Ultimately, you have various populations leaving the Asian mainland at different times. Sometimes later populations intermixed/intermarried with populations that had arrived in outlying territories earlier, sometimes they displaced them; usually it was a combination of both. But it wasn't some monolithic ethno-state exploiting a technological advantage to expand its reach -- the reality was much more complicated.
Coincidentally, yesterday I was watching "Civilizations" on Netflix, and they brought up the 1986 discovery of these incredible Bronze Age statues from the 12th-11th century B.C.:
And they were saying this contradicts the "Middle Kingdom" idea, i.e. that all of Chinese culture came from one place. The book Sapiens reminds us that every civilization/government likes to make an argument for why it has inevitable "divine" authority, and China is no exception. They exaggerate their history to claim power.
But I think there is probably a reasonable analogy to Europe. It's not inaccurate to say the "Europeans" conquered the Americas starting around the 1500's.
European states like Spain, Britain, and the Netherlands were constantly at war with each other. But they all made conquests to different places in the Americas at slightly different times (i.e. South and Central America for Spain, the Caribbean, North America, etc.)
These societies shared broad characteristics and influenced other. Not just agriculture, but also property rights, the rule of law, etc. Their spoken and written languages were mutually unintelligible, but they recognized each other's currencies and could trade with each other. They adopted each other's technologies.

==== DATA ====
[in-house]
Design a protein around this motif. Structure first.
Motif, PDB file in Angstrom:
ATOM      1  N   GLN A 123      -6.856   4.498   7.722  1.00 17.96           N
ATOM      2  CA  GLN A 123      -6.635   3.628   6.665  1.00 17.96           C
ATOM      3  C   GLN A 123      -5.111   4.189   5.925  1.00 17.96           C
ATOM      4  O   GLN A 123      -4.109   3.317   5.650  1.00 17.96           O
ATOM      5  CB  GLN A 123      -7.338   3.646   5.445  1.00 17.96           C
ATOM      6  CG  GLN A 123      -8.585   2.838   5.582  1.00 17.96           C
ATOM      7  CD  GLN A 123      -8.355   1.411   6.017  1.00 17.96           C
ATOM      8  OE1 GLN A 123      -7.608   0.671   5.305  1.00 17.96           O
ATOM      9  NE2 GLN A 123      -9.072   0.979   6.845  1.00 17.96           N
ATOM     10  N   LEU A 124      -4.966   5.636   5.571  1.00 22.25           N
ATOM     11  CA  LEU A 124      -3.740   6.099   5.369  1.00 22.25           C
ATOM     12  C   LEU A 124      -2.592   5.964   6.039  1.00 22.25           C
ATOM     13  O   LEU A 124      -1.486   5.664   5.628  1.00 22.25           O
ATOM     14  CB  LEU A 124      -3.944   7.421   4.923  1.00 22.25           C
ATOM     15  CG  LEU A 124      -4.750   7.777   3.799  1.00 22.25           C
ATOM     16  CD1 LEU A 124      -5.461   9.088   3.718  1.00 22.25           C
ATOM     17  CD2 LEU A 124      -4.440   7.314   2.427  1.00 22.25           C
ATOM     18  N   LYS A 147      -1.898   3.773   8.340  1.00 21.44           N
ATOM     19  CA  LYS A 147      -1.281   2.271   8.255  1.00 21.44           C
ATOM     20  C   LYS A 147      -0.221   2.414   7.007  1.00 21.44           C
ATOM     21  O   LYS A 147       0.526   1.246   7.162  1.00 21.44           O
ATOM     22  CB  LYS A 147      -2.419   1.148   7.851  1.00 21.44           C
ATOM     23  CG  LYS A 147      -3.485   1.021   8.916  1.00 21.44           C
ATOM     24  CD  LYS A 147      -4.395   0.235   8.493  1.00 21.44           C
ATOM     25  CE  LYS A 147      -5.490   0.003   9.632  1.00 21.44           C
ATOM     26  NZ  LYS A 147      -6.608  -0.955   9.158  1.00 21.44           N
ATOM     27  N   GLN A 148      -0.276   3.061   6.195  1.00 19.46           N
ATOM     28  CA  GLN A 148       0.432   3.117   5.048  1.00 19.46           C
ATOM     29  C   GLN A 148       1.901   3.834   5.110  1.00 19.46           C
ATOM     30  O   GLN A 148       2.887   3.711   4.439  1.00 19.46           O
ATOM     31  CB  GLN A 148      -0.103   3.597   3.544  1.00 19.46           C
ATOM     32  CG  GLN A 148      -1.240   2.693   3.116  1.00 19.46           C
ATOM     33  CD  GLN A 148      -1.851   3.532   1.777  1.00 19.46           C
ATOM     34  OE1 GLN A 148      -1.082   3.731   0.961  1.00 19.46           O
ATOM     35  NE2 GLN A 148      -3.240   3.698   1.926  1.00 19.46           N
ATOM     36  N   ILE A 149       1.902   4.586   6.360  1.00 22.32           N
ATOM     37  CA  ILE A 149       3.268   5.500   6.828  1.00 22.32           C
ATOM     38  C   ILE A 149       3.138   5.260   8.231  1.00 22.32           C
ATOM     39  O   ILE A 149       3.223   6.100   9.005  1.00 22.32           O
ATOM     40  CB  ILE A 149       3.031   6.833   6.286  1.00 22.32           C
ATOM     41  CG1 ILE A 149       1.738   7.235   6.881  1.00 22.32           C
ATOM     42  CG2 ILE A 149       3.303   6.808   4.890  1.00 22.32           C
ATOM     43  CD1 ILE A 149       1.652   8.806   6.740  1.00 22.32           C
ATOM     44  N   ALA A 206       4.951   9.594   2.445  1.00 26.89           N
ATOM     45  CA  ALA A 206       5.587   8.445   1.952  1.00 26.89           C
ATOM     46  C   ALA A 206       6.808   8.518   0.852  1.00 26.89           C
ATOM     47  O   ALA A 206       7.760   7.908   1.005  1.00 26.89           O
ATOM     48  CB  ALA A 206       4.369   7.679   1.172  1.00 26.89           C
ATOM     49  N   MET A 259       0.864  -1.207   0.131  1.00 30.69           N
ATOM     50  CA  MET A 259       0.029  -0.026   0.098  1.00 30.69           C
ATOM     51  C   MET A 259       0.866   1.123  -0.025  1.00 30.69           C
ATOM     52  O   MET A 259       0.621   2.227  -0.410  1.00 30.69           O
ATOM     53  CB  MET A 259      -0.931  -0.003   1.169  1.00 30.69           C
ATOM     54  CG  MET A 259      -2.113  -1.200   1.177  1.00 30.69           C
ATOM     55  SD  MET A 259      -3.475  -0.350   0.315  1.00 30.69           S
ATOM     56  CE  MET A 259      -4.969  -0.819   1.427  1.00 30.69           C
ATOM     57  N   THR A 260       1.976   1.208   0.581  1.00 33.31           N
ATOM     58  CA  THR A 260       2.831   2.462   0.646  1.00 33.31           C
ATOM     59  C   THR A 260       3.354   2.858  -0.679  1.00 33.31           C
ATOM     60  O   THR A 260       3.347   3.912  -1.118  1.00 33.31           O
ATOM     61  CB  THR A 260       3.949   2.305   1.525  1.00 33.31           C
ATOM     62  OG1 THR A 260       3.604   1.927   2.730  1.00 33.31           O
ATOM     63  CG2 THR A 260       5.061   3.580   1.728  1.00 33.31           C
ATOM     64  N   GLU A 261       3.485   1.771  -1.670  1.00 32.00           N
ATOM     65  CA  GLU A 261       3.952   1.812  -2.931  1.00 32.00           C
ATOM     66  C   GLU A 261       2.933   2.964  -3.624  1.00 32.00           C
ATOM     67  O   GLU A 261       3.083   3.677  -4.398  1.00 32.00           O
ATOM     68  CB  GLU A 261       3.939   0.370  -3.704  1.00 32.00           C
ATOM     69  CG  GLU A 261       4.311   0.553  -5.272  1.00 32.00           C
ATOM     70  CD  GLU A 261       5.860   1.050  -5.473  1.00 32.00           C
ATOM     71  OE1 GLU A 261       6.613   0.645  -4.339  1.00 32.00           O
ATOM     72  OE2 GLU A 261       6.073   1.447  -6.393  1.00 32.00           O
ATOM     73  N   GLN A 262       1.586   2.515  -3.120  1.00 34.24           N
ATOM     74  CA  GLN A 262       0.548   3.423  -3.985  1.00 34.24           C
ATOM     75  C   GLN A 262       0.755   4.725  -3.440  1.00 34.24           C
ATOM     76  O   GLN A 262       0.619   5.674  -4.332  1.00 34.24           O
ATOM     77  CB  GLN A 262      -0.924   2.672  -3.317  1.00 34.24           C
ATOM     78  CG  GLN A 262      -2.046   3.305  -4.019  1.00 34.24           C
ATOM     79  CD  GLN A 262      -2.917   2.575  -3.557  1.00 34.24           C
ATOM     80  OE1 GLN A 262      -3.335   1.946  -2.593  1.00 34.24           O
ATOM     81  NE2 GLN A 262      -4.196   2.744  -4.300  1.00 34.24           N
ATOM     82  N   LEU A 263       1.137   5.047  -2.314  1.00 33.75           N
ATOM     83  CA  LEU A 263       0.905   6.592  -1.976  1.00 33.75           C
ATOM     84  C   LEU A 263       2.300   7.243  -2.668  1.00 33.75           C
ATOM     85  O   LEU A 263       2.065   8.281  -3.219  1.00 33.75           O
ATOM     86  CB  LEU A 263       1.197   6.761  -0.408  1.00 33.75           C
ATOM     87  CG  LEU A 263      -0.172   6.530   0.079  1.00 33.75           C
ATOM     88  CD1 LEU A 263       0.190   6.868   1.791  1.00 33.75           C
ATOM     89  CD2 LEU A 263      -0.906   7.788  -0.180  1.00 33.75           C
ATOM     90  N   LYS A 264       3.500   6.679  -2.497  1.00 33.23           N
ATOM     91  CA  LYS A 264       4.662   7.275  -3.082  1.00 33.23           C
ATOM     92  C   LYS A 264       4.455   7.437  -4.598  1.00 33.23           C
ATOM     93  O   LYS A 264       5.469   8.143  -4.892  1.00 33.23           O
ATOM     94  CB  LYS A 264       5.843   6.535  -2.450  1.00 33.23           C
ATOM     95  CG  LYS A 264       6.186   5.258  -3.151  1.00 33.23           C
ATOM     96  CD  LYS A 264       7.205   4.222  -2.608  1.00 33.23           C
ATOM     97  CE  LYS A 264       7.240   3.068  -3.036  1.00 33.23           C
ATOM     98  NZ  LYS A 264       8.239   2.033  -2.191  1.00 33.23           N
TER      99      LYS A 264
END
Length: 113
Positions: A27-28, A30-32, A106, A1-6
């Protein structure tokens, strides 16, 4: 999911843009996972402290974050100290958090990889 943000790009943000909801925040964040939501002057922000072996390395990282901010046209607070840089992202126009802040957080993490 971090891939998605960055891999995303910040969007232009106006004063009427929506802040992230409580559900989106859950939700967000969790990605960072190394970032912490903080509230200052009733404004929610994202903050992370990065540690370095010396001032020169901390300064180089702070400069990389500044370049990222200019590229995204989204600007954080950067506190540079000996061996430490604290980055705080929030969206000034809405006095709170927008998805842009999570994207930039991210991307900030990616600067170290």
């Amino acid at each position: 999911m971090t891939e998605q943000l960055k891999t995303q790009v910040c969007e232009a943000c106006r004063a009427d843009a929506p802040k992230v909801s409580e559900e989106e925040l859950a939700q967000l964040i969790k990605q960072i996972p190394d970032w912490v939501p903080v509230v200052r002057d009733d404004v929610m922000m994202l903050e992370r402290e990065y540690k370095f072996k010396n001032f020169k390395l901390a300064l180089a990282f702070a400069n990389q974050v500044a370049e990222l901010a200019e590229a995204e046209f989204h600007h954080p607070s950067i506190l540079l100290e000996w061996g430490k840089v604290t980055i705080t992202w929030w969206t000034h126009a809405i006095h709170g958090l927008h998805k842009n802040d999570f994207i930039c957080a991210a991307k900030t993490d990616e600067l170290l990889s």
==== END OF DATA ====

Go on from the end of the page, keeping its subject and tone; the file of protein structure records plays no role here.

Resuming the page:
Nobody would call them the same, but it is coherent to talk about them as "European". It's a matter of semantics, but I think you can also call a group of disparate people "Chinese" in the same way. Although in the latter case there is a much greater difference in time. The Europe of today has considerable cultural continuity with the Europe of 1500 (art, music, government to some extent, etc.). I don't know how true that is for pre-modern China, although I suspect that if you adjust for the time period, it's roughly similar.
I would be interested in pointers to more resources about that.
Another point: what other term would I use besides "Chinese"? "Asian" does not seem accurate or what historians would use. I think historians would come up with a different term than "China" or "Sino" if the difference were extremely large.
For example, as far as I know Mycenaean society has basically nothing in common with modern Greece -- no continuity in art, music, government, etc. -- but it's still called "Mycenaean Greece" since the land area they occupied is the same.
If there is another word for post-agricultural but pre-modern China, I would be happy to use it! "Chinese" is indeed a big and vague term with a lot of baggage to many people. (I am Chinese myself but born in America.)
Agreed, but a significant number of scholars still think the Yayoi people came from what's now Korea, and I think that there were also movements of peoples from the Southeast Asian peninsula into the Philippines and Indonesian archipelago. Now, there are certainly overseas Chinese communities in these places who came there recently, i.e. in the last few centuries, and have maintained their Chinese identity -- but the reason why most people in Indonesia look significantly different from most Papuans or Aboriginal Australians is not because of those recent arrivals, but rather because of a wave of in-migration from Southeast Asia that occurred millennia ago, long before China had taken on anything like its current form.